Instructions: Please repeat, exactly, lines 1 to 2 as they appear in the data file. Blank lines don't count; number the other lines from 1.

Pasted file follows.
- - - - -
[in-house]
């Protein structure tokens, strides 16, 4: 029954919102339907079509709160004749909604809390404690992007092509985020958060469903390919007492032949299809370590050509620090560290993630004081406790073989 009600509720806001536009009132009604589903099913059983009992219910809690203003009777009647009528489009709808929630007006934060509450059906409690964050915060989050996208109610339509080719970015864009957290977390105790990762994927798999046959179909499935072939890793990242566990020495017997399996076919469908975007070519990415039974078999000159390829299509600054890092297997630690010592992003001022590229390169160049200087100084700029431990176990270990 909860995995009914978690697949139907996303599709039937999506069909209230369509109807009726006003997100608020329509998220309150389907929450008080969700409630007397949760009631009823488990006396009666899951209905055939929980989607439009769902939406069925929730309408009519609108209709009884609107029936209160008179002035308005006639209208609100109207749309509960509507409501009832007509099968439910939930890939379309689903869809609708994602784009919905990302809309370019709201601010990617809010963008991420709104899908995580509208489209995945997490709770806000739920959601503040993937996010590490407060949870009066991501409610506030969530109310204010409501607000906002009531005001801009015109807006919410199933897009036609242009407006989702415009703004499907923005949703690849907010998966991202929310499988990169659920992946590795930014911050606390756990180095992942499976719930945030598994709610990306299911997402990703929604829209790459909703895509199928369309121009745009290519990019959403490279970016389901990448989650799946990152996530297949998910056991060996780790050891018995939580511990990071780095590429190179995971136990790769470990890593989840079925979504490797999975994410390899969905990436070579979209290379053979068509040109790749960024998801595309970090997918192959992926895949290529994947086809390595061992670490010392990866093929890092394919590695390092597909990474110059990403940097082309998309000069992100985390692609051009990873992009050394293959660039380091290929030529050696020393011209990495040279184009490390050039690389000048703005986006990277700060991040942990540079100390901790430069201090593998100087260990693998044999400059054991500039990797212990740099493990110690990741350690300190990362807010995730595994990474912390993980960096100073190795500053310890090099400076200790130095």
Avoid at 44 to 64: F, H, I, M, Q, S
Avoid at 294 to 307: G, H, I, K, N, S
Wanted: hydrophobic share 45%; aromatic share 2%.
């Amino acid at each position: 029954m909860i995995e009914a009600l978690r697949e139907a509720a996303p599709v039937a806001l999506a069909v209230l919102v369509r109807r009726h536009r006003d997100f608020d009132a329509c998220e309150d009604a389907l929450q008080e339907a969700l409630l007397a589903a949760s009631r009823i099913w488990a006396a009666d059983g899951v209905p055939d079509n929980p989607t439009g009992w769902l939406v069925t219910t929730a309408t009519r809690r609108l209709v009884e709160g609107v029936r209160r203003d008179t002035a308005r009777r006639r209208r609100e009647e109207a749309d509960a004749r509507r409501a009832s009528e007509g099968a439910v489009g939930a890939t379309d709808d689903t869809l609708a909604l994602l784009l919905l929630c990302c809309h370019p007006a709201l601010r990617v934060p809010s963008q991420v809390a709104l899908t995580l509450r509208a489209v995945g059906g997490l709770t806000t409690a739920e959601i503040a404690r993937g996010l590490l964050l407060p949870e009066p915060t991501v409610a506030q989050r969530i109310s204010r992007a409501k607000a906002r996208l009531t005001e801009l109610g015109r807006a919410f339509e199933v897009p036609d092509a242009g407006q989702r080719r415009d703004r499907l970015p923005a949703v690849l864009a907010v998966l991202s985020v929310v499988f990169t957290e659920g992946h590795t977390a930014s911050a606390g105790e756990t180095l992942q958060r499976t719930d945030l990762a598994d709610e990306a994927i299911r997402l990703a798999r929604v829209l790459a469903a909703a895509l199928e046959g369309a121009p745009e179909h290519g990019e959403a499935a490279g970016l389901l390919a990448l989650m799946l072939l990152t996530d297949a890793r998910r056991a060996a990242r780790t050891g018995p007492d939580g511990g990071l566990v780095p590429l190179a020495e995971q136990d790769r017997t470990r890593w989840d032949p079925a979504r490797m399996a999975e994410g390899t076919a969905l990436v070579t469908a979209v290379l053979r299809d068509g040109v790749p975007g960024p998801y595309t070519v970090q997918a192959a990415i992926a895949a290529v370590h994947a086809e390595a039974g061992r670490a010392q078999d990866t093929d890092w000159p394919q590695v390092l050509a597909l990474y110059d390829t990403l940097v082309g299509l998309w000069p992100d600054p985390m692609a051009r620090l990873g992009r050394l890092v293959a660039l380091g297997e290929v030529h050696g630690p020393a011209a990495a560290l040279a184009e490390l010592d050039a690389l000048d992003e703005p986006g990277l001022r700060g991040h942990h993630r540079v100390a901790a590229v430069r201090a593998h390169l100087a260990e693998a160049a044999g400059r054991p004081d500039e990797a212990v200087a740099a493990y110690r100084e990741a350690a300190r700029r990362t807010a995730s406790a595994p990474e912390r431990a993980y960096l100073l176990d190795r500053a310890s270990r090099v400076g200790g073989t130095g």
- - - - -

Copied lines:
[in-house]
């Protein structure tokens, strides 16, 4: 029954919102339907079509709160004749909604809390404690992007092509985020958060469903390919007492032949299809370590050509620090560290993630004081406790073989 009600509720806001536009009132009604589903099913059983009992219910809690203003009777009647009528489009709808929630007006934060509450059906409690964050915060989050996208109610339509080719970015864009957290977390105790990762994927798999046959179909499935072939890793990242566990020495017997399996076919469908975007070519990415039974078999000159390829299509600054890092297997630690010592992003001022590229390169160049200087100084700029431990176990270990 909860995995009914978690697949139907996303599709039937999506069909209230369509109807009726006003997100608020329509998220309150389907929450008080969700409630007397949760009631009823488990006396009666899951209905055939929980989607439009769902939406069925929730309408009519609108209709009884609107029936209160008179002035308005006639209208609100109207749309509960509507409501009832007509099968439910939930890939379309689903869809609708994602784009919905990302809309370019709201601010990617809010963008991420709104899908995580509208489209995945997490709770806000739920959601503040993937996010590490407060949870009066991501409610506030969530109310204010409501607000906002009531005001801009015109807006919410199933897009036609242009407006989702415009703004499907923005949703690849907010998966991202929310499988990169659920992946590795930014911050606390756990180095992942499976719930945030598994709610990306299911997402990703929604829209790459909703895509199928369309121009745009290519990019959403490279970016389901990448989650799946990152996530297949998910056991060996780790050891018995939580511990990071780095590429190179995971136990790769470990890593989840079925979504490797999975994410390899969905990436070579979209290379053979068509040109790749960024998801595309970090997918192959992926895949290529994947086809390595061992670490010392990866093929890092394919590695390092597909990474110059990403940097082309998309000069992100985390692609051009990873992009050394293959660039380091290929030529050696020393011209990495040279184009490390050039690389000048703005986006990277700060991040942990540079100390901790430069201090593998100087260990693998044999400059054991500039990797212990740099493990110690990741350690300190990362807010995730595994990474912390993980960096100073190795500053310890090099400076200790130095």